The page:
A Hash or also called hash function is any algorithm that maps data of arbitrary length to data of a fixed length. The values returned by a hash function are called hash values, hash codes, hash sums, checksums or simply hashes. Recent development of internet payment networks and digital money, such as Bitcoin, also uses a form of ‘hashing’ for checksums, and has brought additional attention to the term.
Hash function Review
Hash functions are primarily used to generate fixed-length output data that acts as a shortened reference to the original data. This is useful when the original data is too cumbersome to use in its entirety.
One practical use is a data structure called a hash table where the data is stored associatively. Searching linearly for a person’s name in a list becomes cumbersome as the length of the list increases, but the hashed value can be used to store a reference to the original data and retrieve constant time (barring collisions). Another use is in cryptography, the science of encoding and safeguarding data. It is easy to generate hash values from input data and easy to verify that the data matches the hash, but hard to ‘fake’ a hash value to hide malicious data. This is the principle behind the PGP algorithm for data validation.
To be considered effective a hash function has to have following properties:
- Computational efficiency – it shouldn’t take a long time to compute a hash from a given input.
- Collision resistance – it should be hard to find to distinct inputs that would result in the same hash after the application of the hash function.
- Ability to hide information – it should be hard to derive anything useful about the input from the hash whether it be the whole input data or as simple info about it as whether it is an odd or an even number.
- Random-looking hash – the hash should look like it was a result of several random events, like flipping a coin. There shouldn’t be an apparent particular transformation protocol.
Bitcoin Hash function
Bitcoin uses the SHA-256 hash algorithm to generate verifiably “random” numbers in a way that requires a predictable amount of CPU effort. Generating a SHA-256 hash with a value less than the current target solves a block and wins you some coins.
The MD5, SHA-1, SHA-256 and SHA-512 test results based on two cases with short string (36 and 49 chars) and longer string (72 and 85 chars).
- SHA-256 is faster with 31% than SHA-512 only when hashing small strings. When the string is longer SHA-512 is faster with 2.9%.
- Time to get system time stamp is ~121.6 ms per 1M iterations.
- Time to generate UUID is ~670.4 ms per 1M iterations.
- SHA-1 is fastest hashing function with ~587.9 ms per 1M operations for short strings and 881.7 ms per 1M for longer strings.
- MD5 is 7.6% slower than SHA-1 for short strings and 1.3% for longer strings.
- SHA-256 is 15.5% slower than SHA-1 for short strings and 23.4% for longer strings.
- SHA-512 is 51.7% slower that SHA-1 for short strings and 20% for longer.
What is a hash Bitcoin
In the bitcoin protocol, hash functions are part of the block hashing algorithm which is used to write new transactions into the blockchain through the mining process.
Hash functions in bitcoin mining, the inputs for the function are all of the most recent, not-yet-confirmed transactions (along with some additional inputs relating to the timestamp and a reference to the previous block).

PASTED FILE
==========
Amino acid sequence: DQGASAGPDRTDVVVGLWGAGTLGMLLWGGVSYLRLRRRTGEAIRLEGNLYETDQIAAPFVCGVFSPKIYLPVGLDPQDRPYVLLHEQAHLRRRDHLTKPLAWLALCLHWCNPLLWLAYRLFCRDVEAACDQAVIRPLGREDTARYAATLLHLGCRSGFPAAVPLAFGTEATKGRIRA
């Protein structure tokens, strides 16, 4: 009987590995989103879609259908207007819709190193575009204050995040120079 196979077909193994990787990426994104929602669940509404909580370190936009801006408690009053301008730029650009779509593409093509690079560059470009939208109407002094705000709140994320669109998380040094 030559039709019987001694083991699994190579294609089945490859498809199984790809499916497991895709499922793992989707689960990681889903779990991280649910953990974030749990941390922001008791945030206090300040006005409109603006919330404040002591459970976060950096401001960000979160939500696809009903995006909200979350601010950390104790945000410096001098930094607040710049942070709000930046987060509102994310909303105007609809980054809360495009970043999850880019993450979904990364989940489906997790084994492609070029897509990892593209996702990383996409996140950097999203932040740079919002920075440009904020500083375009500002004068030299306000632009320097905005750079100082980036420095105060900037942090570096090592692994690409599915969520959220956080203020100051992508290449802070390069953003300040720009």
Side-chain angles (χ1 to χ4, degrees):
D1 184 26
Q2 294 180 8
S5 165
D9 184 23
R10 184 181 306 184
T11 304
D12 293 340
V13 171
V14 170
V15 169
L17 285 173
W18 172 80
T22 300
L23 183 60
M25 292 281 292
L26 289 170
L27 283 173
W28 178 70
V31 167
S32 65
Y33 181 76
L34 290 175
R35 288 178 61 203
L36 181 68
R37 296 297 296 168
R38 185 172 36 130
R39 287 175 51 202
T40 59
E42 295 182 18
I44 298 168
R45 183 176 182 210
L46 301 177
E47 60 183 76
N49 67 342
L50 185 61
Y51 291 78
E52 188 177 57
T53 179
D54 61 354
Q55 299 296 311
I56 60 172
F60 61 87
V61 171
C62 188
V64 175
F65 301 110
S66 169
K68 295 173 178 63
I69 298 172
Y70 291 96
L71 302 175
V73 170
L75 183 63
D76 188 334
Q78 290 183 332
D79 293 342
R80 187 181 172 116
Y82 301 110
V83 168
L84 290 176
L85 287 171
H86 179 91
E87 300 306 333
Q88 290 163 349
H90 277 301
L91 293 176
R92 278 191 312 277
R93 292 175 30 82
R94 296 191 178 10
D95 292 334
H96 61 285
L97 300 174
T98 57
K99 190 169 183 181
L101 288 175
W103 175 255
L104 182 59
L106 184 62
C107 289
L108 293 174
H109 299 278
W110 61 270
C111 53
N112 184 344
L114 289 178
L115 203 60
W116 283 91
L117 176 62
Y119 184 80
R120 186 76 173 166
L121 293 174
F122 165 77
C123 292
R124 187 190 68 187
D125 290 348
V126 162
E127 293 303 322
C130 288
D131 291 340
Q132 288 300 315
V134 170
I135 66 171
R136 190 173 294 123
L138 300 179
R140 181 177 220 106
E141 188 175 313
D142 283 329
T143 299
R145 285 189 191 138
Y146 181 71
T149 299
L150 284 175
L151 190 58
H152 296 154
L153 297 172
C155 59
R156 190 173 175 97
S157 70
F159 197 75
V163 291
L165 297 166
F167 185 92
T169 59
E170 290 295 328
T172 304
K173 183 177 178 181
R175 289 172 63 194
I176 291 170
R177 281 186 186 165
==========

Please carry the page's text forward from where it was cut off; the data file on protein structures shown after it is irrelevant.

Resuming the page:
In the code example above, we’ve already seen that changing a small part of the input for a hash function results in a completely different output. This property is crucial to the ‘proof of work’ algorithm involved in mining: to successfully ‘solve’ a block, miners try to combine all of the inputs with their own arbitrary piece of input data in such a way that the resulting hash starts with a certain number of zeroes.
As a hash function example, we could try ‘mining’ with our Python hash function by manually adding exclamation points after “CoinDesk rocks!” until we find a hash that starts with a single zero.
Hash example: >>> hash("CoinDesk rocks!!") 66925f1da83c54354da73d81e013974d >>> hash("CoinDesk rocks!!!") c8de96b4cf781a6373766c668ceac0f0 >>> hash("CoinDesk rocks!!!!") 9ea367cea6a2cc4a6f5a1d9a334d0d9e >>> hash("CoinDesk rocks!!!!!") b8d43387d98f035e2f0ac49740a5af38 >>> hash("CoinDesk rocks!!!!!!") 0fe46518541f4739613b9ce29ecea6b6 => SOLVED!
Solving the hash functions in bitcoin block – which at the time of writing must start with 18 zeros – requires an extremely large amount of computation (and so the combined processing power of all the computers in the network still takes approximately 10 minutes to solve a block).
It’s the need for this large amount of processing power that means new bitcoins get mined over a long period of time, not all at once.
In order to earn bitcoins through mining, you need to put in the huge amount of work necessary to solve a block – and by earning that reward, you’re locking in all of the new transactions into a block, which is added to the permanent record of all previous transactions: the blockchain.
Bitcoin transaction hash in wallet
Transaction hash (txid) is an identifier used to uniquely identify a particular transaction. All on-chain transactions (the transactions from or to external addresses) have a unique txid that can be seen in transaction details. A transaction hash usually looks like a random set of letters and numbers. All on-chain transactions (depositing and withdrawing of funds) have a unique txid that can be found in transaction details.
In Freewallet apps:
Tap on a transaction > Search for Hash in the list > Check your transaction in the blockchain.
- Hash function page on Wikipedia.org